Wednesday, September 6, 2023

It's Just A Text File...

Had to figure out a creative way to send an executable to someone.  This isn't a new method by any means-more of a reminder of how important security awareness training is.

Person didn't want to use OneDrive, Dropbox, or a myriad of other methods to share files.  Their e-mail blocked a bunch of different file formats including a password protected zip.

So I sent them a text file containing the base64 encoded version of a password protected zip that contained the executable I needed to send.

Then I sent instructions about how to decode it with multiple different methods in case one failed and the password without saying pass or password-just that they would need it and what it is.

Now imagine I'm a social engineer tricking people into doing this and downloading/running a dropper for me or I'm someone keen on bypassing DLP.  

People say, "There's no way someone would try that." My question is why not?

They said the same thing when I told a vendor at my former job that a social engineer could send a malicious QR code.

Here we are now years later and it's in the news that adversaries are doing that.

It was being done before it was in the news just not as wide-spread.

I was inspired that that could be done because one of the SANS Holiday Hack Challenges had us bypass a badge system that uses QR codes and it was vulnerable to SQL Injection.

I got to thinking-why wouldn't someone send a QR code via e-mail and social engineer people into scanning it.  It's easy.  So, when we were testing a vendor solution at old job, I tested that. I sent a malicious QR code.  I highly doubt I was the first person to think of this.

Every defense we put in place, they meet with a "new" tactic.  Even if the attack is actually old and very simple.  

Please-train people.  Try to think ahead-and not just what is popular now, but what could be a problem soon.

Monday, February 27, 2023

Created Very Basic Password Cracker

It's been a while.  Completed Holiday Hack 2022 while SANS CDI.  I saw the challenge go up early, so I started working on it as soon as I saw it.  I was taking SEC565 the week that I finished the Holiday Hack and did NetWars again that week.  It was nice to play NetWars again, given it had been a while.  Things have changed regarding NetWars.  They pause the game so you can't work on flags outside of the hours for the tournament.  In a way, it's good-it keeps students from being too focused on NetWars so they aren't paying attention in class.

Working on a different ctf.  In this one, they gave us a hash type  that's not supported by tools I use (like hashcat)-at least not for the versions I use that I'm aware of.  I was a little scared of this question.  I wouldn't call myself strong when it comes to programming or scripting.

I thought about very basically how logging in and crackers work.  You have a hash (and potentially a salt stored in a database.  When someone wants to login, they submit their password, then that password is hashed with the algorithm used to hash their password (and/or salt) to begin with, and that hash is compared to the hash stored in the database.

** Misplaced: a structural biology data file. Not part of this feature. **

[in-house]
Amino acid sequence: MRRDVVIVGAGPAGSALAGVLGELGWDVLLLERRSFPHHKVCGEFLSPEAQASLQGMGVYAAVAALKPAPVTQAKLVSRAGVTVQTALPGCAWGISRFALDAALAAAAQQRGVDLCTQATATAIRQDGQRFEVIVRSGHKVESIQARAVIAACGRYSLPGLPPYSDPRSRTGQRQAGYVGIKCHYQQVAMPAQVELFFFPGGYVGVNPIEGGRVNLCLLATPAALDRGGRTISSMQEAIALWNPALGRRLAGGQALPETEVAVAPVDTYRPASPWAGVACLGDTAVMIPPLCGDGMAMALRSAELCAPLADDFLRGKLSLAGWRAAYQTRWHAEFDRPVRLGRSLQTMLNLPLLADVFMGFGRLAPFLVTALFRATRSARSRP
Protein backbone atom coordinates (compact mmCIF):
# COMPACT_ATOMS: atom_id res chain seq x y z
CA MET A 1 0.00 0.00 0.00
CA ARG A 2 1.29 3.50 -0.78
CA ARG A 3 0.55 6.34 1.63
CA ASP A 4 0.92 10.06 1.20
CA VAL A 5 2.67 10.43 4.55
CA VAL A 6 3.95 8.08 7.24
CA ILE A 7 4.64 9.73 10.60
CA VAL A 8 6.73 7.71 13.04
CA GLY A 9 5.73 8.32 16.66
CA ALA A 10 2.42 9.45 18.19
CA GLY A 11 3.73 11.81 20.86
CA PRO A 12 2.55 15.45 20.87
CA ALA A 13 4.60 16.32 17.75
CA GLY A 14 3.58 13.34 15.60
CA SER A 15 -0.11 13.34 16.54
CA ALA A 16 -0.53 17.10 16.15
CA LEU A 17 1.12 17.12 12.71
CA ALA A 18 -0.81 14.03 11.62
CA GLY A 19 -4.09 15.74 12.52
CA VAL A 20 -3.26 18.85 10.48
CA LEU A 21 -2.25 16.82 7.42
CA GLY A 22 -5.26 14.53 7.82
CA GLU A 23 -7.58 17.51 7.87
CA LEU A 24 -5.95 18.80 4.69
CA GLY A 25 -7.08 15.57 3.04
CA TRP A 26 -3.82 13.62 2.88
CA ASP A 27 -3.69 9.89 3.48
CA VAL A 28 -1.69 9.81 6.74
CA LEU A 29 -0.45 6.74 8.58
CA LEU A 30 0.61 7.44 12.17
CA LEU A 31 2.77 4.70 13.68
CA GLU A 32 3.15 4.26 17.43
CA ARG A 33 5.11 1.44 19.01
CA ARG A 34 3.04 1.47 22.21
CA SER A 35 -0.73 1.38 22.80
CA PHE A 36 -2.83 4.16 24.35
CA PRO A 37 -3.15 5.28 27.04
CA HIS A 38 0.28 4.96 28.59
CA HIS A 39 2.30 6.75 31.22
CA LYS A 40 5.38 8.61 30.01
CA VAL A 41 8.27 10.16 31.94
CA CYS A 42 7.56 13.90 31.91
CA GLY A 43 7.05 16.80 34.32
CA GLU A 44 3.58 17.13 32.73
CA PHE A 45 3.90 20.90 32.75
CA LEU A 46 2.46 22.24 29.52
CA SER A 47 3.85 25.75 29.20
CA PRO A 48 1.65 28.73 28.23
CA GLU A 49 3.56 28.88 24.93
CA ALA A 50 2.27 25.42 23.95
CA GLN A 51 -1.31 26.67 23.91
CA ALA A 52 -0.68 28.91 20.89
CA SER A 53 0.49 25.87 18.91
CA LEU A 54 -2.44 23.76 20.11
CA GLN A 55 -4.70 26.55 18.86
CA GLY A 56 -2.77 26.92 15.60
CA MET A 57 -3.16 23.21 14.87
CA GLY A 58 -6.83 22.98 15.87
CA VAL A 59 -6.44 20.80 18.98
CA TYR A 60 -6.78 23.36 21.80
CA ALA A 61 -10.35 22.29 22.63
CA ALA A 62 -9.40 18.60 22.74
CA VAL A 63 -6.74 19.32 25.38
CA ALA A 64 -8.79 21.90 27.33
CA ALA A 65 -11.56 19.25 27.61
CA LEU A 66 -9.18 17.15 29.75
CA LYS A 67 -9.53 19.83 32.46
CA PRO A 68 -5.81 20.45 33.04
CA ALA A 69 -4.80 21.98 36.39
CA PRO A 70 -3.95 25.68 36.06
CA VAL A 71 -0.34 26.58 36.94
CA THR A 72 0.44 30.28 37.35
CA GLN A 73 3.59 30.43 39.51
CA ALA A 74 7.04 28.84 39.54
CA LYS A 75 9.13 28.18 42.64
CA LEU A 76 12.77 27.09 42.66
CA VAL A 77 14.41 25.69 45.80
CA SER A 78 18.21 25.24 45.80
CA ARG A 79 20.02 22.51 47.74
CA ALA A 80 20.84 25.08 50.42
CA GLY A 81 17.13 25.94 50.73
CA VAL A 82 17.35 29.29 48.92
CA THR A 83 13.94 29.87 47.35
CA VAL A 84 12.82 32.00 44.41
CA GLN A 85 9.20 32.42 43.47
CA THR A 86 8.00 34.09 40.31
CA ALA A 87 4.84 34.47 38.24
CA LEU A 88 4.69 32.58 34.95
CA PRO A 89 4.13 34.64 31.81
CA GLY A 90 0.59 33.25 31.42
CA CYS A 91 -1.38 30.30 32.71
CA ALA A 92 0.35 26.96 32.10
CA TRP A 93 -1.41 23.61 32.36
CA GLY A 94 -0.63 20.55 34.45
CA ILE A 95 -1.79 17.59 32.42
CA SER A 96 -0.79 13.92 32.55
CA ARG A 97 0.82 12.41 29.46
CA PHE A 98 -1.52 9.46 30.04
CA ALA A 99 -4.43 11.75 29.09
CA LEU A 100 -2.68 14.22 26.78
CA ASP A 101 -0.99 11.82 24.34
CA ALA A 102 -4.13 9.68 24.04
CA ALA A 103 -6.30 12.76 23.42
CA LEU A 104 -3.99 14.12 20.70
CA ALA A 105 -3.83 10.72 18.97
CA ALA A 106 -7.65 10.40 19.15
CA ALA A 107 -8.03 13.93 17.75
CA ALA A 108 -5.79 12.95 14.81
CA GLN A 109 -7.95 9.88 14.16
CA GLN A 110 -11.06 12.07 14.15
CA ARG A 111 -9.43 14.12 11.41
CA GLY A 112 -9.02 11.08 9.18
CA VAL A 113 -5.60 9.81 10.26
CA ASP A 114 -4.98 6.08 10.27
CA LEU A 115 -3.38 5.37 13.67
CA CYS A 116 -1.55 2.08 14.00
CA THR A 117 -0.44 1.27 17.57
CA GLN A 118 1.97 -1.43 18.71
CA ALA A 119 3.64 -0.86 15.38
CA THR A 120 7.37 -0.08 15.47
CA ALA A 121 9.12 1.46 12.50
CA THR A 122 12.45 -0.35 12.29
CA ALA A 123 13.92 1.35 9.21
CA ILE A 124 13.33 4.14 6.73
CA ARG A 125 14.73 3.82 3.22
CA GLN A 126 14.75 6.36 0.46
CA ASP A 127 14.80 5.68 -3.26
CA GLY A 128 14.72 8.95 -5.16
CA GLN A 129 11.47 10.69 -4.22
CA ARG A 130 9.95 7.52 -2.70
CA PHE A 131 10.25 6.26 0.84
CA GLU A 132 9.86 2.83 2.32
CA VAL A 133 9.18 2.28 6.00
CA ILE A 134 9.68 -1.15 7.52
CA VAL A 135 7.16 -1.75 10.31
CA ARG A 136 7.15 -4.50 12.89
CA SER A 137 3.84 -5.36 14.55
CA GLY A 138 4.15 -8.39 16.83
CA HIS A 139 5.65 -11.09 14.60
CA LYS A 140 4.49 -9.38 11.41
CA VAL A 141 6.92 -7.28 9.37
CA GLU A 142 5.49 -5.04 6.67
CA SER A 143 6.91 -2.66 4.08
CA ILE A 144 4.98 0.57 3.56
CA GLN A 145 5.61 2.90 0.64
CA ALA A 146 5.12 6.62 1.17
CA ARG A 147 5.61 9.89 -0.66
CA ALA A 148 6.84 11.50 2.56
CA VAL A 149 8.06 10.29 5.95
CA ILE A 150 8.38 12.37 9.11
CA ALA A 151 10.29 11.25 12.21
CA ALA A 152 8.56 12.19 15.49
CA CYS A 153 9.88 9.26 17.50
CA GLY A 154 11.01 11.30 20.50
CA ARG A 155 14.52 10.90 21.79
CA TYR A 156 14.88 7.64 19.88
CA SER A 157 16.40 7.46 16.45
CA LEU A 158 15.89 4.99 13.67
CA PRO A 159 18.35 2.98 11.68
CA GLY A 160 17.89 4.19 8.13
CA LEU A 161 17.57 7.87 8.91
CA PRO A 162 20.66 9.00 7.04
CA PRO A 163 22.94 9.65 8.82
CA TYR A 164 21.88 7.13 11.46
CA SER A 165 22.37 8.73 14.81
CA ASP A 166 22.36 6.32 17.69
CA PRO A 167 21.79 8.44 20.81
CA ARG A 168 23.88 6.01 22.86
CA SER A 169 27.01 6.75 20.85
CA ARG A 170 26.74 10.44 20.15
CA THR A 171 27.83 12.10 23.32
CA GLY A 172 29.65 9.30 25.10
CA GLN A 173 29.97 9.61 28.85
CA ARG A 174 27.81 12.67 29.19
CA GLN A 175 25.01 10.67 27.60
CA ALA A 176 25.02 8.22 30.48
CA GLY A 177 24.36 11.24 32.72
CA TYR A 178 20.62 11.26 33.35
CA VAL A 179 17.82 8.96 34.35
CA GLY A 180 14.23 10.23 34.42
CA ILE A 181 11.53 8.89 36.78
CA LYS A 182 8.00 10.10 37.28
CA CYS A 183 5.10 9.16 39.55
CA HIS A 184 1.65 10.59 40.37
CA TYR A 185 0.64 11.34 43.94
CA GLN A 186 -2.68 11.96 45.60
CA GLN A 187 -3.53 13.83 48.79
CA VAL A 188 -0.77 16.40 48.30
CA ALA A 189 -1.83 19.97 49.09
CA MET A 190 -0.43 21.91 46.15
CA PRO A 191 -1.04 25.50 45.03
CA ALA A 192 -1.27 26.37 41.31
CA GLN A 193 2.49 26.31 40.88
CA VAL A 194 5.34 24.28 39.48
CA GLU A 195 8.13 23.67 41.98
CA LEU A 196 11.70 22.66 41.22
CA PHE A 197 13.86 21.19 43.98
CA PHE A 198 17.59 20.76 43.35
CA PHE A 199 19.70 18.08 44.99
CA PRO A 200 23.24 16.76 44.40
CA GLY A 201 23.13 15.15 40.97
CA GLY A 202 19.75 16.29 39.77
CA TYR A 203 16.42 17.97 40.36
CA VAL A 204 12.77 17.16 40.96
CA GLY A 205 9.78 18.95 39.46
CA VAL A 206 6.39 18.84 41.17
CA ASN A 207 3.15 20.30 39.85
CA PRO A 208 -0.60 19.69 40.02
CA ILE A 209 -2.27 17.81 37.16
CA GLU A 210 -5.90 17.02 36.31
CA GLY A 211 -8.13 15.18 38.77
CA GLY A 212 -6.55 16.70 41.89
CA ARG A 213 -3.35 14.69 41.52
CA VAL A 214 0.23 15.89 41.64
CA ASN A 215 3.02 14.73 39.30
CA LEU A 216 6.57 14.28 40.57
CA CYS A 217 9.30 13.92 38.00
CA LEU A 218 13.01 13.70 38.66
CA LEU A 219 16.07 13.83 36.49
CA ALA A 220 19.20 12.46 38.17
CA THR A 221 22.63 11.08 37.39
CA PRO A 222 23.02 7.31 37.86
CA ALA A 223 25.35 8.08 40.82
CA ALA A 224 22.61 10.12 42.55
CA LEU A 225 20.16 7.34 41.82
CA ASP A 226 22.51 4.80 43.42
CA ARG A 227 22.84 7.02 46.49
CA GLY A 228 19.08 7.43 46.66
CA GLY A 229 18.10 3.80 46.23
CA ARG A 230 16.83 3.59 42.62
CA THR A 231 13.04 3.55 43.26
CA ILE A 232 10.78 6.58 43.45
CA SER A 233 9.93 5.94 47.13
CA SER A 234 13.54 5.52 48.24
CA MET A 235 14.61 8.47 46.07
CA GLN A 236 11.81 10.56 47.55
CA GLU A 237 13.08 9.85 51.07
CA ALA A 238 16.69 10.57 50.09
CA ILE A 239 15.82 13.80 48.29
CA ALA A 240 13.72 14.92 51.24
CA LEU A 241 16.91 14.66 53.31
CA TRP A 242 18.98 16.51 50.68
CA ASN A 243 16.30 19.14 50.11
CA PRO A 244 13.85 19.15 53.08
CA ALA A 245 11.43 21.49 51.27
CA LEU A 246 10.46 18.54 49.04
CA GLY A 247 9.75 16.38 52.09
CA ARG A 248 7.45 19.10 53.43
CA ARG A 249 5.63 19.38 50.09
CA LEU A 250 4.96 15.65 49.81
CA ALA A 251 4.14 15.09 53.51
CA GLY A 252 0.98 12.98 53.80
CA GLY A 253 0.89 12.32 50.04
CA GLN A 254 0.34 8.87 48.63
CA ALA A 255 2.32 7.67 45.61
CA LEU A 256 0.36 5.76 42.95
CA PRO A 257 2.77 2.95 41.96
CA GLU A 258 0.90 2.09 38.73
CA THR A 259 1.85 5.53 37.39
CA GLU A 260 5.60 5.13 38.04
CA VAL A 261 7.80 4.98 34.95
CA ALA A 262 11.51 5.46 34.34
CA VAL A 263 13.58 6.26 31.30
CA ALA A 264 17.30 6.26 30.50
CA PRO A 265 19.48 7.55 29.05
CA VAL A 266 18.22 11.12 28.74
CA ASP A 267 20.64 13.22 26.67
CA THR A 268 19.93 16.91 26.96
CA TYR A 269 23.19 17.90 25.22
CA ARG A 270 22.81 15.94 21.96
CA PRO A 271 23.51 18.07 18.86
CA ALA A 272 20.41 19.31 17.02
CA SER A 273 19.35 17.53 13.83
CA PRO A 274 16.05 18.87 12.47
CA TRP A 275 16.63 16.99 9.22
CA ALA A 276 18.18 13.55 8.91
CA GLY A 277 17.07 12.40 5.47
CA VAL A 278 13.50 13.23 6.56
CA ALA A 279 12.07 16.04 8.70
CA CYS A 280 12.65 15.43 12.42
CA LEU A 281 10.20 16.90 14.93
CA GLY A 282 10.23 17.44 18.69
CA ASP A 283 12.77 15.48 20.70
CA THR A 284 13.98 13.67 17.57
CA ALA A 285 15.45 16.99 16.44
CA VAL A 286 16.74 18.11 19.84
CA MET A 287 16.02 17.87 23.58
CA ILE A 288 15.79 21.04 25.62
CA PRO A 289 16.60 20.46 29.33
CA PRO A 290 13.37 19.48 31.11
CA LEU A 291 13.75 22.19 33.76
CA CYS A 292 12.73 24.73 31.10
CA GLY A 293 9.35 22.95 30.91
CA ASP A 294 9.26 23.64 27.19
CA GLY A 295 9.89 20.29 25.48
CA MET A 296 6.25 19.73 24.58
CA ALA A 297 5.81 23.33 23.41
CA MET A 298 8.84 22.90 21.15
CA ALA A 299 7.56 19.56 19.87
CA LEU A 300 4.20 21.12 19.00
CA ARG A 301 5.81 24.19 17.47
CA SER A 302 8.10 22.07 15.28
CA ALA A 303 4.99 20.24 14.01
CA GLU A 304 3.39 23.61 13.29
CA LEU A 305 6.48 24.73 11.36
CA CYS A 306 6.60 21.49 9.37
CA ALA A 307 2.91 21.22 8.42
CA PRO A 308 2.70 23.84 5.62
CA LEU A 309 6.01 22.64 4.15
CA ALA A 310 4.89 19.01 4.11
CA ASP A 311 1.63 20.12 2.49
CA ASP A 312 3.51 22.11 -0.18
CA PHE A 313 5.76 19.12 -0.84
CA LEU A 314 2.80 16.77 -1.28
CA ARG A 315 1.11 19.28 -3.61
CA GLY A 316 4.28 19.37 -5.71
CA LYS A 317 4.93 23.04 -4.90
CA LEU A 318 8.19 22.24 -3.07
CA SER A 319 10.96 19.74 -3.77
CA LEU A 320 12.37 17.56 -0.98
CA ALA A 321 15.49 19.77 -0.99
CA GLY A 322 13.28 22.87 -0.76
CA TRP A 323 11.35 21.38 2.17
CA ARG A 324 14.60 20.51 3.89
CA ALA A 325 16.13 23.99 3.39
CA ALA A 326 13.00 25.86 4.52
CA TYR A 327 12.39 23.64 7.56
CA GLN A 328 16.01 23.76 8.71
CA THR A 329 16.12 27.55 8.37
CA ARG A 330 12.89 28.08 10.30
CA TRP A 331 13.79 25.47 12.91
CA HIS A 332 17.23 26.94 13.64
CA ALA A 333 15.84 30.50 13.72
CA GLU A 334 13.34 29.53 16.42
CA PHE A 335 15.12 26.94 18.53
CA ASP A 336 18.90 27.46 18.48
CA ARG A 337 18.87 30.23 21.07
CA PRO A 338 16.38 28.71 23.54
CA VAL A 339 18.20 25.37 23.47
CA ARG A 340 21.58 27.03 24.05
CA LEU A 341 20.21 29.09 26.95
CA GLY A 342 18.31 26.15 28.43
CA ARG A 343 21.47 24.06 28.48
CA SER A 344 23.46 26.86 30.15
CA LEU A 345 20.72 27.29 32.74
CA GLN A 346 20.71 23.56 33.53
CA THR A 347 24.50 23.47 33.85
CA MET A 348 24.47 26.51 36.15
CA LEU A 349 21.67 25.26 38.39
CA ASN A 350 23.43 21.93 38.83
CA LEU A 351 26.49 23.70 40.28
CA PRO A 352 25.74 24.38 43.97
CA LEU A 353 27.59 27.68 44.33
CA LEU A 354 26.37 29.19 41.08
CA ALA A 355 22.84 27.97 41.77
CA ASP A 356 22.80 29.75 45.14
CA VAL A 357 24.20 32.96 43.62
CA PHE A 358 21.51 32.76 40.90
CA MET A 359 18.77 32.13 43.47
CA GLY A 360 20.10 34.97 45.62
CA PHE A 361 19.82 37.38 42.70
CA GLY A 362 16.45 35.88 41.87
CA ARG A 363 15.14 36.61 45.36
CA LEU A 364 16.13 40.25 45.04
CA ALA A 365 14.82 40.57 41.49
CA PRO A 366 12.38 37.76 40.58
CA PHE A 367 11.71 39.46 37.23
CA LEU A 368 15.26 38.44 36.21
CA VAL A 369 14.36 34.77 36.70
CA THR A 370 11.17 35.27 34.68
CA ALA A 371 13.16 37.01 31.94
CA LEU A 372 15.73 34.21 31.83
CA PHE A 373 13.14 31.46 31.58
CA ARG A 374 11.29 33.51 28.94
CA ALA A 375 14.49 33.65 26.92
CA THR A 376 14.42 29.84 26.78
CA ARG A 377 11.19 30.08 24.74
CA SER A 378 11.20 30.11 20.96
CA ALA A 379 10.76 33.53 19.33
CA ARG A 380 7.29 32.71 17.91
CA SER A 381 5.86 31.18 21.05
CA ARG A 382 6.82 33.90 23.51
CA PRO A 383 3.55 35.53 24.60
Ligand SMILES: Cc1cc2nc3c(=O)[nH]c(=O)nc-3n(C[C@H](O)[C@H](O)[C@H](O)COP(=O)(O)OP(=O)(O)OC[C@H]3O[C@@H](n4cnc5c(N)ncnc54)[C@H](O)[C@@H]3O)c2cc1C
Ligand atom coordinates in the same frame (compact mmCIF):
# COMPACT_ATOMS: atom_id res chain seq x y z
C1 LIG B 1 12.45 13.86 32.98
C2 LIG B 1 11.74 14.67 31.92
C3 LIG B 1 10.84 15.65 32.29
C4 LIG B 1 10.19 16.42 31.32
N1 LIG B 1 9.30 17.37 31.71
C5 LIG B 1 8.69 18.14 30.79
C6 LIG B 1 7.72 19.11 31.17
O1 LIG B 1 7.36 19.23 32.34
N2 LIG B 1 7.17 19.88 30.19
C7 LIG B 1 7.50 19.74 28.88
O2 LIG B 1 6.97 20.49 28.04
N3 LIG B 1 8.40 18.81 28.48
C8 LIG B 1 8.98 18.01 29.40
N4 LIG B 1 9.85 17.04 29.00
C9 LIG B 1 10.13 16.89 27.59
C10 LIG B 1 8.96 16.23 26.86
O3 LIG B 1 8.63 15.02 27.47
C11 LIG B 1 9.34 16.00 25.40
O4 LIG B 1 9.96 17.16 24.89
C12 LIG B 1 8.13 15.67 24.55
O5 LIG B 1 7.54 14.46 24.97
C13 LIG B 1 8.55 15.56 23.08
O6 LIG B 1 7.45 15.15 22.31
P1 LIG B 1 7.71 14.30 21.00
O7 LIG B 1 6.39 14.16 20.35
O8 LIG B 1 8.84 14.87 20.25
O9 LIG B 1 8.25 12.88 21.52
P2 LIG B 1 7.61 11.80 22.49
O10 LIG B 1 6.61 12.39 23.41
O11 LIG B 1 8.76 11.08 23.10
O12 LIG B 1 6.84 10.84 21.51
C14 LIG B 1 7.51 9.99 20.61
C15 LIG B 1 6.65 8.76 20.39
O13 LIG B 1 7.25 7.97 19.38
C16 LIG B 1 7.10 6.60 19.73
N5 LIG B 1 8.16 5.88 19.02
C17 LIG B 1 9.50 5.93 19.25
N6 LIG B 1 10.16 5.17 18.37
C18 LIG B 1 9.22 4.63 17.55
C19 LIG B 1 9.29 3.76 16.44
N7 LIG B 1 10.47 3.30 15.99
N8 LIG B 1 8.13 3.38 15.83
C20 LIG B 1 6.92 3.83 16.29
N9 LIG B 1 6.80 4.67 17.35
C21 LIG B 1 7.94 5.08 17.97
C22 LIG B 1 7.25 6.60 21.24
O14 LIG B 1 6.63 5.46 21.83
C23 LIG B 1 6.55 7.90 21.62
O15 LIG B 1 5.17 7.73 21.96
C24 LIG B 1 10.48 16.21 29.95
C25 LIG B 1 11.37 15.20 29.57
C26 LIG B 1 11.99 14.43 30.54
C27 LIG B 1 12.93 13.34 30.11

I thought, "How do I create a hash?"  Looked up that algorithm, and someone was nice enough to already have a program out there that creates hashes with that algorithm.  I took their program as a starting point.  Then I thought, "What do I want to do specifically?"  Take passwords from a list (dictionary), hash them with the salt, one by one, and compare each hash to the one I'm trying to crack.  Then tell me the password. "Are there any other variables I need?  Well, I needed one for comparing the hashes.  I also needed one for the password itself.  Are there any functions I need to add?  I added a loop that takes each password line by line from a file.  Then I added a function that compares the created hash and the original that tells me if the hashes match and what password it was.  It breaks out of the loop at that time as well.

I did a test run with one password/hash.  It worked.  Tried it with the hash for the ctf.  Worked again.  The password was in a well-known dictionary.  Thank goodness for that.

I went out of my comfort zone with this one; I wasn't sure if this would be a challenge I could tackle, but I did.  You don't really know what you are capable of unless you try.

Tuesday, October 25, 2022

Decrypting Unknown Image Challenge

I was given an unknown image.  I always take things like this, put it on a Linux machine and do strings to see if there's any header information that can be of use.  In this case, I see LUKS, aes, xts-plain64, sha1.  I'm not familiar with this format, so I Google.  This is a format used to protect disks and encrypt containers.  Breaking LUKS Encryption | By Oleg Afonin - eForensics (  While this is interesting, I didn't use this to solve the problem.

I'd gotten a Talino (Forensic Laptop | Extremely Portable Forensic Workstation ( a couple years ago - I tend to save up and overbuild my machines.  It's a nice forensics laptop. I'm interested in forensics, so I asked them how much it would cost to get certain tools added into the price of the laptop.  One of those tools was a nice application called Passware.  It's very easy to use.  I just opened it, dragged the image file into the GUI, and it automatically detected what type of image it was.

After that, I just clicked on the "Next" button and it started the attack.  It took a bit for it to iterate through the lists, but keep in mind, this machine is a couple years old.  They seem to update the password lists quite a bit, so that's nice.  (I blocked out the password just in case others want to try this challenge so that there aren't spoilers.)

You can add your own dictionaries in the menu at the top under Tools>Dictionary Manager, but if I recall it has to be in a certain format to be accepted.  I find that theirs is good, though.